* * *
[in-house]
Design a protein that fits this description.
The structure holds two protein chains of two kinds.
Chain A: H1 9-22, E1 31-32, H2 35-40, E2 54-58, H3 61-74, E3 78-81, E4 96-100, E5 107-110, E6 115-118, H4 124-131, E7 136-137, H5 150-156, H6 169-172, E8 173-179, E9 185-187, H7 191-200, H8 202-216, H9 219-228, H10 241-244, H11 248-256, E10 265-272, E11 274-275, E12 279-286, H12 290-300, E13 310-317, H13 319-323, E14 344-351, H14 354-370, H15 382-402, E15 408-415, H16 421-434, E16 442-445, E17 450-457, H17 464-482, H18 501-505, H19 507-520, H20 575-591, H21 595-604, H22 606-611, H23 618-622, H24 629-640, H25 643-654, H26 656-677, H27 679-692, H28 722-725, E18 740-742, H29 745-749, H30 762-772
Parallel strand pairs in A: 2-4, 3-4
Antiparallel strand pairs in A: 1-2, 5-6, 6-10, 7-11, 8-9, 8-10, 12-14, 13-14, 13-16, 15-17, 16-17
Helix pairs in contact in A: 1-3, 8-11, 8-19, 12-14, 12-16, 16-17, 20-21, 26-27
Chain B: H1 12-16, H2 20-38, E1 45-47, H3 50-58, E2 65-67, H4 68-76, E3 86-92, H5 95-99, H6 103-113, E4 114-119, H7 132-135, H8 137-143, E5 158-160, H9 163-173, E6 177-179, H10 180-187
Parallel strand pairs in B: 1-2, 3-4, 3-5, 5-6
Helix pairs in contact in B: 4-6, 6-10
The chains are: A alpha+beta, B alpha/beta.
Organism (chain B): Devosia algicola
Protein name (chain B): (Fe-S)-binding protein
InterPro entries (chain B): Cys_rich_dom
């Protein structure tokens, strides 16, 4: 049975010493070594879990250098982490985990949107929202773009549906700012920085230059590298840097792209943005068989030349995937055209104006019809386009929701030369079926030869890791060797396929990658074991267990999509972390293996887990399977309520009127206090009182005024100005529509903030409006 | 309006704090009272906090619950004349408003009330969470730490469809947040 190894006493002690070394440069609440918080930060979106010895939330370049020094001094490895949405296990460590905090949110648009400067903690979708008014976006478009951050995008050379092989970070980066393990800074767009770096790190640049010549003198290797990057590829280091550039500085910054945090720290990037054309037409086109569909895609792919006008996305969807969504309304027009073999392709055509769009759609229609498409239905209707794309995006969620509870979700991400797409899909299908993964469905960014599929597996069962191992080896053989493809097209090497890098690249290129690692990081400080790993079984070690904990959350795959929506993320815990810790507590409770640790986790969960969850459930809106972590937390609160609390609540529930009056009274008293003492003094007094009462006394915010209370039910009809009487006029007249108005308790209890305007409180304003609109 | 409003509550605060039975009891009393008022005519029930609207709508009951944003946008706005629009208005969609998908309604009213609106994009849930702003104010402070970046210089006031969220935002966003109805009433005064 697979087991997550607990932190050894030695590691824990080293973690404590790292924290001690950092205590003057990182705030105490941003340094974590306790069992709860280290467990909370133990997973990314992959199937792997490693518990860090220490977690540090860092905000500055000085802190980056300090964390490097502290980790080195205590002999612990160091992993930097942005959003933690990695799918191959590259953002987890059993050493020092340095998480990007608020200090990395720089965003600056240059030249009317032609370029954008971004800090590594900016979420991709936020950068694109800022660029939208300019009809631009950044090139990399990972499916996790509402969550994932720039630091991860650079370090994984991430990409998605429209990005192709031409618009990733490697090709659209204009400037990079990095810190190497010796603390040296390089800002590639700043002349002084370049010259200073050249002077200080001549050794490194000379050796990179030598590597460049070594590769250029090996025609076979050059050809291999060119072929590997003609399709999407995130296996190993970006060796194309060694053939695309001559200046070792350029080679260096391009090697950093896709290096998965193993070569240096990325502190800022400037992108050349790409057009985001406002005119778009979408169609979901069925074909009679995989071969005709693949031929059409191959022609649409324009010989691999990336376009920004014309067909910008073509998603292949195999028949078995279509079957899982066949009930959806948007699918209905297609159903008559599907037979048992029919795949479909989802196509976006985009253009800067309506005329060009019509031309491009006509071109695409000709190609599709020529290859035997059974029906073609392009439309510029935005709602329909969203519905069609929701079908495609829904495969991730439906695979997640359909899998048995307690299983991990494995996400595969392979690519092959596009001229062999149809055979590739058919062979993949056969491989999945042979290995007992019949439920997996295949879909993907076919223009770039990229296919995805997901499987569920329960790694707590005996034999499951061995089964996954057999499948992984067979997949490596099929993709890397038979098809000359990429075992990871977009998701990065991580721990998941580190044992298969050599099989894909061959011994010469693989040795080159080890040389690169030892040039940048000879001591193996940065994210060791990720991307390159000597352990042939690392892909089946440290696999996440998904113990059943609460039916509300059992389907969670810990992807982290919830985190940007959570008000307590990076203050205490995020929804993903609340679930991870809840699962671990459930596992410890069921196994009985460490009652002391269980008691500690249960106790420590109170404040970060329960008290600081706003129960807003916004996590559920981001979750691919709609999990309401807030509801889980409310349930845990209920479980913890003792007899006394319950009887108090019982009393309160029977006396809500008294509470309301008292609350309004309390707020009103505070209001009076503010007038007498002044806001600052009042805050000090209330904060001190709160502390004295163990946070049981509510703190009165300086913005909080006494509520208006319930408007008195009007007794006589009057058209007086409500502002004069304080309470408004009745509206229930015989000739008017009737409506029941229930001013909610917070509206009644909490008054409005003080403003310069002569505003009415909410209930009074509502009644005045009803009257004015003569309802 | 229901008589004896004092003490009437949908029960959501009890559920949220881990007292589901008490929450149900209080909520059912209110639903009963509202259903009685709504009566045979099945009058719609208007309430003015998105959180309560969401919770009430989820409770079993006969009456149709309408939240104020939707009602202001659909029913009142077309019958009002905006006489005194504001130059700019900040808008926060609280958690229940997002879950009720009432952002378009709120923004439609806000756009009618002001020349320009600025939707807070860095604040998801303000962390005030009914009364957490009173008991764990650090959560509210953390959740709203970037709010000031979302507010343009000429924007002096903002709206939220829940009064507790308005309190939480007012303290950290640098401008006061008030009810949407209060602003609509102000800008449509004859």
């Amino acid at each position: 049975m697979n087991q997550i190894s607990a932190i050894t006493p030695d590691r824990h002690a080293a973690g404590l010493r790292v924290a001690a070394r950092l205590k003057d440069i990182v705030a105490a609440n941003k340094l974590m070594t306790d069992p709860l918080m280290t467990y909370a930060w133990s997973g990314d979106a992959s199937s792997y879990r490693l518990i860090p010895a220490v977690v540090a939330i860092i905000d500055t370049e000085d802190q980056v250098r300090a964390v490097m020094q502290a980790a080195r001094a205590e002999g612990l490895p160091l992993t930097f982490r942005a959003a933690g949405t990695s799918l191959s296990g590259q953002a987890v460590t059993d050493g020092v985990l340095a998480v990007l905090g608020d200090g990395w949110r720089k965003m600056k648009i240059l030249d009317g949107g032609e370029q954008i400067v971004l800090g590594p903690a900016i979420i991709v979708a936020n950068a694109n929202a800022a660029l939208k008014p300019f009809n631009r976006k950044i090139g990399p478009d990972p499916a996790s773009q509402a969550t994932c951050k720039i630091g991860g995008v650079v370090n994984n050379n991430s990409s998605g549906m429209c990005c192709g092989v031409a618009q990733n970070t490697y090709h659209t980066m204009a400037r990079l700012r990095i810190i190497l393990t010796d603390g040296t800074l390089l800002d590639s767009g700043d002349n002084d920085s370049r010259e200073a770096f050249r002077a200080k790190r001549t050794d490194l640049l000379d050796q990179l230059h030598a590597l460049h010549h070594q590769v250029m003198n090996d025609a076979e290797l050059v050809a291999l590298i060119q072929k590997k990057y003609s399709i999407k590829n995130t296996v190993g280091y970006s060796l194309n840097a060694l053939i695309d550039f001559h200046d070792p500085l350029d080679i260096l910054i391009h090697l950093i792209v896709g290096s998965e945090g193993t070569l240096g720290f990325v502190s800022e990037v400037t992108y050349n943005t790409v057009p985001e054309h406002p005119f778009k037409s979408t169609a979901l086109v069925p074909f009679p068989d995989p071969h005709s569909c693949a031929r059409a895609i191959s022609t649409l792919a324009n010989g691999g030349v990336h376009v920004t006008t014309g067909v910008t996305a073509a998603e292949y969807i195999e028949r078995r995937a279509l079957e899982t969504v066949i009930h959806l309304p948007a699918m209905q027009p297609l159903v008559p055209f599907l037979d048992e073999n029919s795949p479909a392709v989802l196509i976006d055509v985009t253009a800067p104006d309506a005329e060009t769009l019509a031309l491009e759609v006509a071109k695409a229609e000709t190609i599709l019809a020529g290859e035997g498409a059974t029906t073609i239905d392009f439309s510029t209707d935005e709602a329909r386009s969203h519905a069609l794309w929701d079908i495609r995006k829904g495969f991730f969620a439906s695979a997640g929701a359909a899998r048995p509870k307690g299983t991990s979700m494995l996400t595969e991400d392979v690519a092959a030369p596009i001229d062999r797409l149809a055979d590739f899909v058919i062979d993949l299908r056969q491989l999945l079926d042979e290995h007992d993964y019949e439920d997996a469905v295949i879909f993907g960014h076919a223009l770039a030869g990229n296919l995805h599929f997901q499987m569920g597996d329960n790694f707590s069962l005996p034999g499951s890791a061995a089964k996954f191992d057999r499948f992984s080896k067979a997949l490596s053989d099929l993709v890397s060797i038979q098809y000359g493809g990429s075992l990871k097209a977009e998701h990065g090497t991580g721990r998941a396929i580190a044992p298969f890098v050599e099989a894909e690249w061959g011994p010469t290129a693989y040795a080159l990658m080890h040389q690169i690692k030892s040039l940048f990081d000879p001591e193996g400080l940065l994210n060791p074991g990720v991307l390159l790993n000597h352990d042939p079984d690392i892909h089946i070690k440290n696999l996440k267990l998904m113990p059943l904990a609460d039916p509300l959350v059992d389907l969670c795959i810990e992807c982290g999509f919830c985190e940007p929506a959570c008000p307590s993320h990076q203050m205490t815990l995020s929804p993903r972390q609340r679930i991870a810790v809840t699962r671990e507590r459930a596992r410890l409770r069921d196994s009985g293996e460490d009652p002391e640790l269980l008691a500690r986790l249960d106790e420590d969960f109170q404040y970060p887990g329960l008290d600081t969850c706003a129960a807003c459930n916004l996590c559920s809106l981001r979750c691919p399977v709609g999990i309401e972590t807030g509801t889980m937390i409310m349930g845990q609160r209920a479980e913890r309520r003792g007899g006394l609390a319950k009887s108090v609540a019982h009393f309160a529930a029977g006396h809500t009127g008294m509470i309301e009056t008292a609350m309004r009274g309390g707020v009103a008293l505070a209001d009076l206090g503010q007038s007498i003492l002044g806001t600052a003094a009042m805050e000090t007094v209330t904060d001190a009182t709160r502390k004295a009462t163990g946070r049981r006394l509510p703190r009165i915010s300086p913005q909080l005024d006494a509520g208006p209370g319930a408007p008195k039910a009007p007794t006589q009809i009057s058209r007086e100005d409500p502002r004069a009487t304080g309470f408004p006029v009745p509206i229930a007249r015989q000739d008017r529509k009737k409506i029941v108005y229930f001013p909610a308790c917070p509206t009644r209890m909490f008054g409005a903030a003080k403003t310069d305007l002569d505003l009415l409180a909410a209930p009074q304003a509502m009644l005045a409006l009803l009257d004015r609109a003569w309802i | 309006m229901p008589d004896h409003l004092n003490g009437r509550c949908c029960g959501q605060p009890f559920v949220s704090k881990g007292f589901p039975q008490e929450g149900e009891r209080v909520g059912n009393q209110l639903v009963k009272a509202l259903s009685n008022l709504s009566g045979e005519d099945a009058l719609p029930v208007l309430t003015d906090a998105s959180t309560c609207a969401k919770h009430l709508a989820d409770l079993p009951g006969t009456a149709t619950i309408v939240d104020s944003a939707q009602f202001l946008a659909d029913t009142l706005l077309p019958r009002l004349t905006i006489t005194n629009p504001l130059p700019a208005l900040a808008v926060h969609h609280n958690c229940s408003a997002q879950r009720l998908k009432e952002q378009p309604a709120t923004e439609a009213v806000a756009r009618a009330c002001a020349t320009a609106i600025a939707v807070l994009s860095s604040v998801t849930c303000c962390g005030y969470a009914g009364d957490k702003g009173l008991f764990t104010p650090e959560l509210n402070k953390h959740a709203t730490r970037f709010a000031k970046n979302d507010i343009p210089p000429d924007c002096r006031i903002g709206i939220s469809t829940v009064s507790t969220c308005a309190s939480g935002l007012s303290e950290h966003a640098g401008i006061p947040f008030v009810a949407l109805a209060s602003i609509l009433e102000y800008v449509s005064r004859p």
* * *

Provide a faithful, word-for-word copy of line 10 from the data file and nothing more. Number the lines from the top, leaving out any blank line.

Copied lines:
Helix pairs in contact in B: 4-6, 6-10